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MaplePrimes Activity

These are replies submitted by Annonymouse


thanks, I had to spend a fair bit of time digesting all that you sent. Here is a script file illustrating the problem (the last line is the one that takes up all the memory, if you want something that will process faster try putting in %[1..6] or similar rather than %)


I think its a simple enough problem to get a course solution given my universities resources, but I would rather find the least expensive way of doing this kind of solve action.

@tomleslie Thats close! what I meant was I wanted at mutliples of 24 to add 150 (i think this represents a drug) and then it decays back close to zero, until another 150 is added.

I updated the question to make that a little clearer

@Annonymouse a work around could be to use the solutions you got and plot each of them in 3d space where z is tswitch.

I tried this but couldn't get it to work

@tomleslie I would really prefer a 3d plot; a 3d plot can be coloured in various ways to illustrate the map tswitch-> solution curve.

Significantly I have a differential polynomial that is solved on the diaganal of the surface (t=tswitch) for the solution and its derivatives. If i can get code for the 3d plot i can also make 3d plots of the derivatives - and then see graphs of all the variables that are being fed into the differential polynomial.

@Annonymouse i needed to take absolute values

@Carl Love For some reason when i do that my bar chart ends up missing bars

the numbers

             [                          -14  
             [y(t) = 1.73194791841524 10   ,

               y[0](t) = -1.98951966012828 10   ,

               y[1](t) = -0.00304885510956351,

               y[2](t) = 3.07160927189243 10  ,

               y[3](t) = -4.88302273709004 10   ,

               y[4](t) = 9.20694116760555 10   ,

               y[5](t) = -1.85145481241699 10   ]

end up looking like

could you look at my worksheet?
(just press enter on every line)

In the end I just used a program that i had previusly written to iteratively take the lie-derivatives of the variable i am interested in, and then wrote some ugly plotting commands to get the graphs i wanted.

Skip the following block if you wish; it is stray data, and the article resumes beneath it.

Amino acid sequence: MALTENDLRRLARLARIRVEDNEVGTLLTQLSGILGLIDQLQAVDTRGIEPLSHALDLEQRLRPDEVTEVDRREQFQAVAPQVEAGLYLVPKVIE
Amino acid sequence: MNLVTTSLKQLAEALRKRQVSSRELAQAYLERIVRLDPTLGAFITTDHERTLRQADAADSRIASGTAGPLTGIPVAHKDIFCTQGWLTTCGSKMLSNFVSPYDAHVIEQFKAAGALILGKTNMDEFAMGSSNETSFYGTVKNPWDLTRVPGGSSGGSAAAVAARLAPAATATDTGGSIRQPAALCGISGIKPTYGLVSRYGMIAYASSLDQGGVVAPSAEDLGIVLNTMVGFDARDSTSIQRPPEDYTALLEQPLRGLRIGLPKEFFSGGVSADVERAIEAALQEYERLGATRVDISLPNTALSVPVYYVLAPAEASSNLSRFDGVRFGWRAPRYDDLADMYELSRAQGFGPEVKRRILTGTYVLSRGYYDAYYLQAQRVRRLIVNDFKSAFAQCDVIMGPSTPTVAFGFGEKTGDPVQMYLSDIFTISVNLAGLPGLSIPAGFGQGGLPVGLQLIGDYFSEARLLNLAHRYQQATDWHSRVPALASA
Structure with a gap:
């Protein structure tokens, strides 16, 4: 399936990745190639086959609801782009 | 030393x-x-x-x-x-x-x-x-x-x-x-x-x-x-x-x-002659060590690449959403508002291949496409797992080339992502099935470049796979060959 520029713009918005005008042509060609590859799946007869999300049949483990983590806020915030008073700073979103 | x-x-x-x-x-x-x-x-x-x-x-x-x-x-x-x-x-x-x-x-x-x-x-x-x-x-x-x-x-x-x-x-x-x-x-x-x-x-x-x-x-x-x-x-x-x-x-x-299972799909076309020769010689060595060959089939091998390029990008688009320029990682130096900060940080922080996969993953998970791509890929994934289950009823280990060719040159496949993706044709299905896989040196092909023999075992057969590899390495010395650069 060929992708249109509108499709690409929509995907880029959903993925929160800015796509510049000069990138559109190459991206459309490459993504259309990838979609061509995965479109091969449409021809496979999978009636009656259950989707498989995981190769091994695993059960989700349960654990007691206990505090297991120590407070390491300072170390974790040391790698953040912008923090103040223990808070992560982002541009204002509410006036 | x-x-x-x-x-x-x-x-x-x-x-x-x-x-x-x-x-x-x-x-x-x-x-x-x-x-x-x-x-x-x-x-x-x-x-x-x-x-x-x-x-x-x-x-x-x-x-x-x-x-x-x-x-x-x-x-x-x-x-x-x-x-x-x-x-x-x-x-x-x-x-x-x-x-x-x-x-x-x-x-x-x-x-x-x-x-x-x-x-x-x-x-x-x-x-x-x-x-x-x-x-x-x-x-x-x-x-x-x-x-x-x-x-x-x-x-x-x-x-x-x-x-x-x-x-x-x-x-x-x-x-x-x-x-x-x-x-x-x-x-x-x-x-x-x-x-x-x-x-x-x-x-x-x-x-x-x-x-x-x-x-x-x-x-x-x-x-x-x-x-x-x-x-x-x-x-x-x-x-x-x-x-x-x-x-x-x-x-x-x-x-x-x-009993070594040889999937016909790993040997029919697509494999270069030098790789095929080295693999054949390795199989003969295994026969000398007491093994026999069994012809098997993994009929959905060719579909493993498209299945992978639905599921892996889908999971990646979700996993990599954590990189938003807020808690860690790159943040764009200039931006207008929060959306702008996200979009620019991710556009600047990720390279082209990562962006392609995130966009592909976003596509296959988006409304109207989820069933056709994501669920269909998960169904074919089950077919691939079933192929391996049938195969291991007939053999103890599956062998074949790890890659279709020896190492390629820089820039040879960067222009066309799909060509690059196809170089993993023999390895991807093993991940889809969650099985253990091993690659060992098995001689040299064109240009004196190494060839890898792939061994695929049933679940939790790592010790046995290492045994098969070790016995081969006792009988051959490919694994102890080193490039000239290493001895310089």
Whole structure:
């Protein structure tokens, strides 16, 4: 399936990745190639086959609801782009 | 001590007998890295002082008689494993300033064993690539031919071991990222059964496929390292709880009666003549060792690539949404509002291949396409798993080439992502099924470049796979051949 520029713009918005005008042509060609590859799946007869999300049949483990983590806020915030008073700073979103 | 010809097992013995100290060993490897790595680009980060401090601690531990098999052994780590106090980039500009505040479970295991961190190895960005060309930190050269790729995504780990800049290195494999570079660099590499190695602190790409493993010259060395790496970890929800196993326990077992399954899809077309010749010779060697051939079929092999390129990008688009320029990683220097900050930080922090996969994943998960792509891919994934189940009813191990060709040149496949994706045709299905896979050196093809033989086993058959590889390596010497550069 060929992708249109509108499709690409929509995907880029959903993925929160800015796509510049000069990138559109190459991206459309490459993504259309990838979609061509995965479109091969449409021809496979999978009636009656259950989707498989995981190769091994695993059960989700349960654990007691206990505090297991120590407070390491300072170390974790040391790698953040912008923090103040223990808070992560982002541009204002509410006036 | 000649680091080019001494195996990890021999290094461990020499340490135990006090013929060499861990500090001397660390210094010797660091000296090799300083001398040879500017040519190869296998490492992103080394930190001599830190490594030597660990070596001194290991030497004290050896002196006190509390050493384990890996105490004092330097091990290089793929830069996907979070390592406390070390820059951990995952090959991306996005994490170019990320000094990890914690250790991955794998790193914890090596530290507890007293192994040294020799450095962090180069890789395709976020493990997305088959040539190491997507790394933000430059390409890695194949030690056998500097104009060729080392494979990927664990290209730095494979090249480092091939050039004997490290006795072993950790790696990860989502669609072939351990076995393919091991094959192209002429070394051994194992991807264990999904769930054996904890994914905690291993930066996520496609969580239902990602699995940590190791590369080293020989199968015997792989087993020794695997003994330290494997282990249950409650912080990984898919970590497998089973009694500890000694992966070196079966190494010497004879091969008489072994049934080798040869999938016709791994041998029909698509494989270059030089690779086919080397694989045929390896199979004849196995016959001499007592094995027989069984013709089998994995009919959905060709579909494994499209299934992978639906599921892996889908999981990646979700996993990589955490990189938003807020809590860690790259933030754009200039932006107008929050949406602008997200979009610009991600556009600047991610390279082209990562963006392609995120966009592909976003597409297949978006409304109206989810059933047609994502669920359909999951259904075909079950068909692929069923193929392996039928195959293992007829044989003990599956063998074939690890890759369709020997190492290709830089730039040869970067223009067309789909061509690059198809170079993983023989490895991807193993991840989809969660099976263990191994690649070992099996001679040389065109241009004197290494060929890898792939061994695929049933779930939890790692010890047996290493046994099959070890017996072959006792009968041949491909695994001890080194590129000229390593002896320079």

This at least solves half of my problem; but is probably not useful for anyone who finds this page through google



"I don't understand why not simply plot the solutions of the system."

i thought that was what i was doing - could you explain?

@Kitonum Thats often true, but not always true, and generally unhelpful. Consider the function:

f(x,y)=x^2 +y^2;

the level set for  f(x,y)=0 is a  point
whereas the other level sets are all closed curves circles- by contrast


has all of its level sets as curves or sets of curves; none of which  are closed.

These two cases illustrate thaty we can understand the shape of functions by understanding their level sets.

If someone were to ask about finding the level sets of a scalar function from R^2 it would therefore be both inaccurate and unhelpful to say that they were all 1 dimensional surfaces.

Perhaps a better way of visualising it would be as a set of triangles in 2d space; with the x coordinates of each triangle corner being the dependant variables, and the corresponding y co ordinates being the independant variables.

@Annonymouse is there a way of making the explore polts bigger?

@acer Thats really helpful

@vv I'm just rewriting what I think you've said, so you can confirm or correct it (notably I'm not used to this usage of the word primative).

The  procedure  Basis  in  the  Groebner  package  computes  the  reduced Groebner  basis,  but after  this  computation  it  displays the polynomials without dividing through by the leading term of each.

So, for
B := Basis(J,T) ;  
the "true"  reduced Groebner basis is
B/~LeadingCoefficient(B, T);


Maple have confirmed it creates a reduced GB, and are updating the help page

I've just Emailed Maplesoft about this - when I have a response I will confirm here whether Basis produces reduced GBs

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